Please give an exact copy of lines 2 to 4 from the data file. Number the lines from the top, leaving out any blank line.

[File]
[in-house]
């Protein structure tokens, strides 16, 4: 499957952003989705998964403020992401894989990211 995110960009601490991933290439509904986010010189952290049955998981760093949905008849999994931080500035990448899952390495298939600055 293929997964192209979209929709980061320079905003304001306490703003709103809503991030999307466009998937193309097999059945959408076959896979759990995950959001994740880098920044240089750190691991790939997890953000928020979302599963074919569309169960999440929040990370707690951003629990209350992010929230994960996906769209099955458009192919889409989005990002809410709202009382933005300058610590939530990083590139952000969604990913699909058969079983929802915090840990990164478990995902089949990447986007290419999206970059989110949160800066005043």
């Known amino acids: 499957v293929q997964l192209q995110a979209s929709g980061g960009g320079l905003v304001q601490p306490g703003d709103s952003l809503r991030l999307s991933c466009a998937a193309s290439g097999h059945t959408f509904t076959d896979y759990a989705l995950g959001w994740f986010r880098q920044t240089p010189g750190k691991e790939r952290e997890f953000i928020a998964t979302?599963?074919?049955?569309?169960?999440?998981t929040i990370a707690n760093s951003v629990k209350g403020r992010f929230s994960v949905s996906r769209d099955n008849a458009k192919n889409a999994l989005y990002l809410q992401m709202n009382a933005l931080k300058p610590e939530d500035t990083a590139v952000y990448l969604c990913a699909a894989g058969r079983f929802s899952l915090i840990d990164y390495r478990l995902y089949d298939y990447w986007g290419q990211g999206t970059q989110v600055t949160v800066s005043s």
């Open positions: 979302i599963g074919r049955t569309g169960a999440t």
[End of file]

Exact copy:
């Protein structure tokens, strides 16, 4: 499957952003989705998964403020992401894989990211 995110960009601490991933290439509904986010010189952290049955998981760093949905008849999994931080500035990448899952390495298939600055 293929997964192209979209929709980061320079905003304001306490703003709103809503991030999307466009998937193309097999059945959408076959896979759990995950959001994740880098920044240089750190691991790939997890953000928020979302599963074919569309169960999440929040990370707690951003629990209350992010929230994960996906769209099955458009192919889409989005990002809410709202009382933005300058610590939530990083590139952000969604990913699909058969079983929802915090840990990164478990995902089949990447986007290419999206970059989110949160800066005043």
């Known amino acids: 499957v293929q997964l192209q995110a979209s929709g980061g960009g320079l905003v304001q601490p306490g703003d709103s952003l809503r991030l999307s991933c466009a998937a193309s290439g097999h059945t959408f509904t076959d896979y759990a989705l995950g959001w994740f986010r880098q920044t240089p010189g750190k691991e790939r952290e997890f953000i928020a998964t979302?599963?074919?049955?569309?169960?999440?998981t929040i990370a707690n760093s951003v629990k209350g403020r992010f929230s994960v949905s996906r769209d099955n008849a458009k192919n889409a999994l989005y990002l809410q992401m709202n009382a933005l931080k300058p610590e939530d500035t990083a590139v952000y990448l969604c990913a699909a894989g058969r079983f929802s899952l915090i840990d990164y390495r478990l995902y089949d298939y990447w986007g290419q990211g999206t970059q989110v600055t949160v800066s005043s």
């Open positions: 979302i599963g074919r049955t569309g169960a999440t």